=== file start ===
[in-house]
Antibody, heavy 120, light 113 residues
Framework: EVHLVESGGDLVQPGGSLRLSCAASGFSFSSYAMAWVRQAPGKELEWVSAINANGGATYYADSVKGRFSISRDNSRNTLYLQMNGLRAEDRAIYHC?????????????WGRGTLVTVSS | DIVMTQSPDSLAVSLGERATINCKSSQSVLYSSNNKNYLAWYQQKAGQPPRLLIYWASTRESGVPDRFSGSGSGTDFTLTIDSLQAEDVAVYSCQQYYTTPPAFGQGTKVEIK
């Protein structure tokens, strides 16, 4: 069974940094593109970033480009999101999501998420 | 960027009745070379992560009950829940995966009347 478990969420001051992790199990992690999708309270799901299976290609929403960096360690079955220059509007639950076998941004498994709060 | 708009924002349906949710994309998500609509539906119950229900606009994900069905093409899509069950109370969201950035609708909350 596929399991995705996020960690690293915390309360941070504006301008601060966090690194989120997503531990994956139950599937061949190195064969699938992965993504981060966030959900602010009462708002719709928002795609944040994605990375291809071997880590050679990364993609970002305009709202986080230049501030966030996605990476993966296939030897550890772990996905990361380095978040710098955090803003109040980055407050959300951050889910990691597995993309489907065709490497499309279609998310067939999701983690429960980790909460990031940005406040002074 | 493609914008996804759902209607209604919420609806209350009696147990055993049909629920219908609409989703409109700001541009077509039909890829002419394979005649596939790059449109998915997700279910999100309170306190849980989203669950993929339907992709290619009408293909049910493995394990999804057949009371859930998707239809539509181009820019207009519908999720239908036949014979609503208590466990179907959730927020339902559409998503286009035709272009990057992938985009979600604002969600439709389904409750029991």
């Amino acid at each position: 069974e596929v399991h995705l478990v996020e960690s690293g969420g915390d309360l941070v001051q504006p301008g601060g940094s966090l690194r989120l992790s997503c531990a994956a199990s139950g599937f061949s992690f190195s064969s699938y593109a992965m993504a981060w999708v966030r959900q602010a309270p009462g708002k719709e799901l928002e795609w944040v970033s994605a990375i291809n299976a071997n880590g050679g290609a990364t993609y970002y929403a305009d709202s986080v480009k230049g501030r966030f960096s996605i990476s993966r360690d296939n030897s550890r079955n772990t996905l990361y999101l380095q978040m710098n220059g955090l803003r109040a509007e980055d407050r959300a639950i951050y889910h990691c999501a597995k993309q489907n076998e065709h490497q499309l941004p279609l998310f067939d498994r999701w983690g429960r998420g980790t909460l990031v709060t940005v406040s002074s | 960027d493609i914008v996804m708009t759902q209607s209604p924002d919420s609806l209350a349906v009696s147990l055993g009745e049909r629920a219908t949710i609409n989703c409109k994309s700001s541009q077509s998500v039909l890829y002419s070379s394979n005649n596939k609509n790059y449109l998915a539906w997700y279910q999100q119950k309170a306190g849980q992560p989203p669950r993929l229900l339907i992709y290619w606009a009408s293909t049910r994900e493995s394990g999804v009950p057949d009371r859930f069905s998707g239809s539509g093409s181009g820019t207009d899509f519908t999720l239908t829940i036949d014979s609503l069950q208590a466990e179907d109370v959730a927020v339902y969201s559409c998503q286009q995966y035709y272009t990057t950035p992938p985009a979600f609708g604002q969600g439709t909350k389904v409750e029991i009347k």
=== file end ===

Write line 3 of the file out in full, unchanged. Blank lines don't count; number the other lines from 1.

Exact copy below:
Framework: EVHLVESGGDLVQPGGSLRLSCAASGFSFSSYAMAWVRQAPGKELEWVSAINANGGATYYADSVKGRFSISRDNSRNTLYLQMNGLRAEDRAIYHC?????????????WGRGTLVTVSS | DIVMTQSPDSLAVSLGERATINCKSSQSVLYSSNNKNYLAWYQQKAGQPPRLLIYWASTRESGVPDRFSGSGSGTDFTLTIDSLQAEDVAVYSCQQYYTTPPAFGQGTKVEIK